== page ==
A Magazine of Action & Adventure
Posted 09/06/2023

Magazine Update

Hi, I'm Bryce, editor and publisher of StoryHack Action and Adventure. As you may have noticed, we (and by "we" I mean "I") have not published a new issue in a long time. A status report on the magazine is long overdue.

As you may have noticed, we (and by "we" I mean "I") have not published a new issue in a long time.

More likely, even if you are a fan, you haven't actually noticed anything and StoryHack the magazine has just quietly begun to slip from your memory.

What has happened? Well, I'll tell you.

First off, hopefully you did notice the couple of anthologies I published, Volumes 1 & 2 of Sidearm & Sorcery.

So why can I do that, but not the magazine? Cost.

It doesn't cost as much to publish an anthology the way I did it. The first Volume was an experiment for me, testing out Draft2Digital's revenue-splitting feature. My financial outlay was for Cover art, and then the physical author copies I sent out.

I almost doubled the amount of copies sent out for the second volume (More stories=more authors), but it's still much cheaper than an issue of the magazine.

For the magazine, I don't pay much ($0.01 / word), but it's something, and then I pay for art. Usually all of that is in the neighborhood of $1,200 - $1,400. Plus cover, and I've paid between $100 to $400 or so for each of those. Plus author copies. 8 total issues so far.

And anthology or issue, there is a big time cost, too. I'm a one man operation that handles the deluge of submissions, followed by a couple of rounds of editing, then layout (much, much easier/quicker for the anthologies) by myself. And then I make some efforts for promotion. To hep get the word out, I usually write several long threads/articles that would be of interest to readers. And some paid advertising. And the occasional ad swap.

And of course I try to find a minute to write & publish most of my own long fiction. 3 novels and a novelette.

And for all of that work, the biggest success so far is… none of the fiction. Overwhelmingly the most popular thing I've published is "Pulp Era Writing Tips" which is a collection of writing articles written a long time ago. I get to put #1 Amazon Bestseller on my resume for that one. So of course the KDP crew stood firmly in my way to stop me publishing the ebook of the sequel to that.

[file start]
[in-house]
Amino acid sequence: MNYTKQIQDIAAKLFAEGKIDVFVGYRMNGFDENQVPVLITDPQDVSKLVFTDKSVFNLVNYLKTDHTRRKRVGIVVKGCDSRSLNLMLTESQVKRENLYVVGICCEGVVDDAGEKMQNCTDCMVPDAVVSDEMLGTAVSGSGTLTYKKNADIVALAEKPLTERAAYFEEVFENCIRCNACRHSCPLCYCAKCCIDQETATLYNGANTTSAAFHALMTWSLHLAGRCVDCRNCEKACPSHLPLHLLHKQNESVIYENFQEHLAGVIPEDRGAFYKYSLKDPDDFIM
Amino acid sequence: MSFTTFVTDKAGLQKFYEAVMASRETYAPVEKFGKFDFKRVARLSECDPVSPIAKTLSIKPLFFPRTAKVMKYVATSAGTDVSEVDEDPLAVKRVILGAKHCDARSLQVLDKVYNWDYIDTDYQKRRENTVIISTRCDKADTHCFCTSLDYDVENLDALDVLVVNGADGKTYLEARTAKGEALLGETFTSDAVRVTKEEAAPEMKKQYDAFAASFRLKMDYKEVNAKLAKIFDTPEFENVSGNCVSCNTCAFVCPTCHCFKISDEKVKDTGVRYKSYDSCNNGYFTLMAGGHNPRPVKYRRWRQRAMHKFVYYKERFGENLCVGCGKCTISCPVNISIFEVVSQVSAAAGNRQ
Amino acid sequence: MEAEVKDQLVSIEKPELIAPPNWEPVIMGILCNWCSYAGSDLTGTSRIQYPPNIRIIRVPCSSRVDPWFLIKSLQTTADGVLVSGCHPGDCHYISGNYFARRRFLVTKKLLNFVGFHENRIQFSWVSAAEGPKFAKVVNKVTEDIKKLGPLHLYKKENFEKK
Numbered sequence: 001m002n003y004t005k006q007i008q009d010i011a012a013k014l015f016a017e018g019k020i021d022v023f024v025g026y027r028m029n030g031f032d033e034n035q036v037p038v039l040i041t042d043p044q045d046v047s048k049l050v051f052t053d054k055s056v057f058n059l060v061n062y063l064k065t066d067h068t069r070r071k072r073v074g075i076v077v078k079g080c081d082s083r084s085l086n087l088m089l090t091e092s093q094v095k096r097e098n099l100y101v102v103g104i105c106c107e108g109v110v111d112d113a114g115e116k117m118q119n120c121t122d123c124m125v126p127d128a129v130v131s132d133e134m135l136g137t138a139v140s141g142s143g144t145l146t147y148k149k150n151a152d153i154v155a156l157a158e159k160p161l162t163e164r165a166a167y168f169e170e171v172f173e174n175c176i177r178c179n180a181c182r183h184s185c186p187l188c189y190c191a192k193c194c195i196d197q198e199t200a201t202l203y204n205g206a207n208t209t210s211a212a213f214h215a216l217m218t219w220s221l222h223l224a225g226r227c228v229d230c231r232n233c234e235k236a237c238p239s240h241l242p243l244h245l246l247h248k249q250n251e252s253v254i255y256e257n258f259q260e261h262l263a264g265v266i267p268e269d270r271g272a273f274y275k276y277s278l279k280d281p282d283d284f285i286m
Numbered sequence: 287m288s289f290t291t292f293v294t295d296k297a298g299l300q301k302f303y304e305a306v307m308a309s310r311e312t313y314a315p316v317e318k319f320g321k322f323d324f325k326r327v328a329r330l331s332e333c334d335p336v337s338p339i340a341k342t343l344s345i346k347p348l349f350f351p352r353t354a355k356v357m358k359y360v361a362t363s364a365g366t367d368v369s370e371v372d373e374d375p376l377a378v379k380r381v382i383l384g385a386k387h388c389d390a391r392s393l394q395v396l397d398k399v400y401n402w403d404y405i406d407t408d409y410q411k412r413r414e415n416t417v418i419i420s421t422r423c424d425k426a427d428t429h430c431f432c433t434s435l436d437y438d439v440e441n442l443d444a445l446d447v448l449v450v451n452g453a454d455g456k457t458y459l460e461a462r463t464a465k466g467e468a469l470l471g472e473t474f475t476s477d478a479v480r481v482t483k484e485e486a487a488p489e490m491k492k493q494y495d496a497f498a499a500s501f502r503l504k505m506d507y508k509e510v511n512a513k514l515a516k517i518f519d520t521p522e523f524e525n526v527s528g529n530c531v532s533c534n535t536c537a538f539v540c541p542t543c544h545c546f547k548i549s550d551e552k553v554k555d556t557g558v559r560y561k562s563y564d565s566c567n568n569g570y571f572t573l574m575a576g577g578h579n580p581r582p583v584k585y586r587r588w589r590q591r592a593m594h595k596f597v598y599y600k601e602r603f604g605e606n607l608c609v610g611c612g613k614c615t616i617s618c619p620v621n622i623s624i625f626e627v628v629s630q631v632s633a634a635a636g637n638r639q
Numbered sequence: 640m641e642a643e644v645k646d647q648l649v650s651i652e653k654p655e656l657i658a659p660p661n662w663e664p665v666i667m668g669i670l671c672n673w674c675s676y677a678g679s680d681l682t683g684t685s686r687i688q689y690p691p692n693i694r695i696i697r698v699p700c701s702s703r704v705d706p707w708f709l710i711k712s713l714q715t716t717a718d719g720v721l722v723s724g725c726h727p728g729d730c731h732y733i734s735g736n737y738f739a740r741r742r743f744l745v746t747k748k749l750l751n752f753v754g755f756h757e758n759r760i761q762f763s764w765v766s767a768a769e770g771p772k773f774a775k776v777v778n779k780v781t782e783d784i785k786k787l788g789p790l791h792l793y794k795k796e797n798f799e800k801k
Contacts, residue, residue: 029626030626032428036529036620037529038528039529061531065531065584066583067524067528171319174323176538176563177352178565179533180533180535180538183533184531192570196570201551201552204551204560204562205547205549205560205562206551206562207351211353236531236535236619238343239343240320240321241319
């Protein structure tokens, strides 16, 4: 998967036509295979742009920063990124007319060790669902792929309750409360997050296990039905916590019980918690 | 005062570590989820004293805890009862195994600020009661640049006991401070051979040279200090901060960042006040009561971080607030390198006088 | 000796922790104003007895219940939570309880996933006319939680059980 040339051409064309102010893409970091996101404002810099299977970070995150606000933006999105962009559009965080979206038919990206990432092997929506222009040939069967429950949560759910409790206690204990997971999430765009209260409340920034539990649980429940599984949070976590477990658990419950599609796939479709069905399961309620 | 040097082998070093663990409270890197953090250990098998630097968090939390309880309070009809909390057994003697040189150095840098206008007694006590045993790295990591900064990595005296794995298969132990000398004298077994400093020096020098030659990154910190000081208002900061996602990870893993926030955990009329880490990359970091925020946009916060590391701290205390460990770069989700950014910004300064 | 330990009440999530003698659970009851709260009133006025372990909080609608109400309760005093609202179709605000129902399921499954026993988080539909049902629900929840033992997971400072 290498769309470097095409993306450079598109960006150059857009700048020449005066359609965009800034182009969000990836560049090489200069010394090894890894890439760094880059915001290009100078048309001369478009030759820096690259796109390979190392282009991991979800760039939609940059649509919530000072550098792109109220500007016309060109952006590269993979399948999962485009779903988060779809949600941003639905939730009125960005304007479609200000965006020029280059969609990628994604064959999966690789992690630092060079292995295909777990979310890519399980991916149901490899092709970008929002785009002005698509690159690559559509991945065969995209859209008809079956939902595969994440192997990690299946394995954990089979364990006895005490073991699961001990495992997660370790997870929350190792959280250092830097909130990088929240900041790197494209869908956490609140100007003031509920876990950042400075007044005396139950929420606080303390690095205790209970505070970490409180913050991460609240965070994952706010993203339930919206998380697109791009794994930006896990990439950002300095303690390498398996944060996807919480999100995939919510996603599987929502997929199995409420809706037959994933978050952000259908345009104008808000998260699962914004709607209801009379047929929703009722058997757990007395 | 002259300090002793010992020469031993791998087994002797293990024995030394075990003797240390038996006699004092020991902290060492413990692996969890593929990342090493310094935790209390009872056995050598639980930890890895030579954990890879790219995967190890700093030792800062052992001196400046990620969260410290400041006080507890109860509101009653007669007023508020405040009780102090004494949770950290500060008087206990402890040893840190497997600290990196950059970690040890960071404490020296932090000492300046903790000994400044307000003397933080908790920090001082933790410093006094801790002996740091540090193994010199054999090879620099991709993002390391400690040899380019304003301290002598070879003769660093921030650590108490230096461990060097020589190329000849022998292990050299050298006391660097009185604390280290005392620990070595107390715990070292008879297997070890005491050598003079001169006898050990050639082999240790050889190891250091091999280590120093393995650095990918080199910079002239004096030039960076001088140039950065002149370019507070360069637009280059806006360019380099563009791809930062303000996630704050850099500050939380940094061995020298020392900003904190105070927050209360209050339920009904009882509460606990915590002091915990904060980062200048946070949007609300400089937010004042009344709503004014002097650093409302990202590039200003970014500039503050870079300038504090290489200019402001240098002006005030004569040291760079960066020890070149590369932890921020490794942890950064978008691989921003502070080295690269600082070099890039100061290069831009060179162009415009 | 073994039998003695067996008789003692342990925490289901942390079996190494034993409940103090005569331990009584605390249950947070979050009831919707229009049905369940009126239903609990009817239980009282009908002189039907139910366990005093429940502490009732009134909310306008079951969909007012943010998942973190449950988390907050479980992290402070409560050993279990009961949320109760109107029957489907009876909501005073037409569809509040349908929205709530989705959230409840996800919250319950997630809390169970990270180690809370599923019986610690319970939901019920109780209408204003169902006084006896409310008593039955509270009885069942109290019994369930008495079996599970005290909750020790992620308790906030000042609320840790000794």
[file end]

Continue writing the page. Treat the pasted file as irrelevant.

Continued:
Back to the matter at hand. Fiction sales haven't been super strong. And I don't really expect them to be until I have an even bigger backlist. That's the reality of publishing these days. The best way to make money is to create high quality publications, and then create a ton of them. And then get out and promote like crazy. I'm busy working and raising four kids and getting distracted by shiny new technologies, so I don't get online to say "buy my book" nearly enough.

Still, costs and all, I love short fiction, so I want to keep at it.

Back to where I started, the costs of publishing.

When covid hit, it drastically affected my day job, as the biggest portion of that business is in a normally high demand vacation area (near Yellowstone National Park), and that pretty much died for a little while. This affected my expendable cash. Then we had a pretty good year followed by another crappy one. Flooding in the north end of the park caused folks to change plans and we were still down 40% from the non-covid average. This year has finally been decent, but we had a pretty big hole to dig ourselves out of. And family expenses, don't get me started. I had 3 car engines die in as many years. For all of this, I have a lot to be thankful for. I still have a job, have always had food on the table, but not extra to spend on a magazine that will hopefully someday in the future turn a profit.

This is not actually a complaint. Nor is this a beg for a pity purchase or anything like that. I just want to be upfront about what's gone on and why I haven't been able to fund more issues.

Throughout this whole venture, I have learned a lot about publishing as a business, and about the mechanics of writing fiction. Met some fine folks. I'm not ready to throw the towel in yet.

So where does StoryHack go from here?

I'm not sure exactly, but I've been doing a lot of thinking, asking myself some questions. Do I focus on the podcast, maybe start publishing new fiction there? Maybe do some pulp reprints, just to stay in editing/design shape and raise some cash? Do I ease art costs by using algorithmic art generation? Do I try to rustle up some "unpaid intern" types to do editing? What would you like to see?

One thing is for certain. I will be publishing a third Sidearm & Sorcery volume. So if you are a writer with an interest, start working on that. No hard dates yet, but I like to drop those open submission periods as a surprise.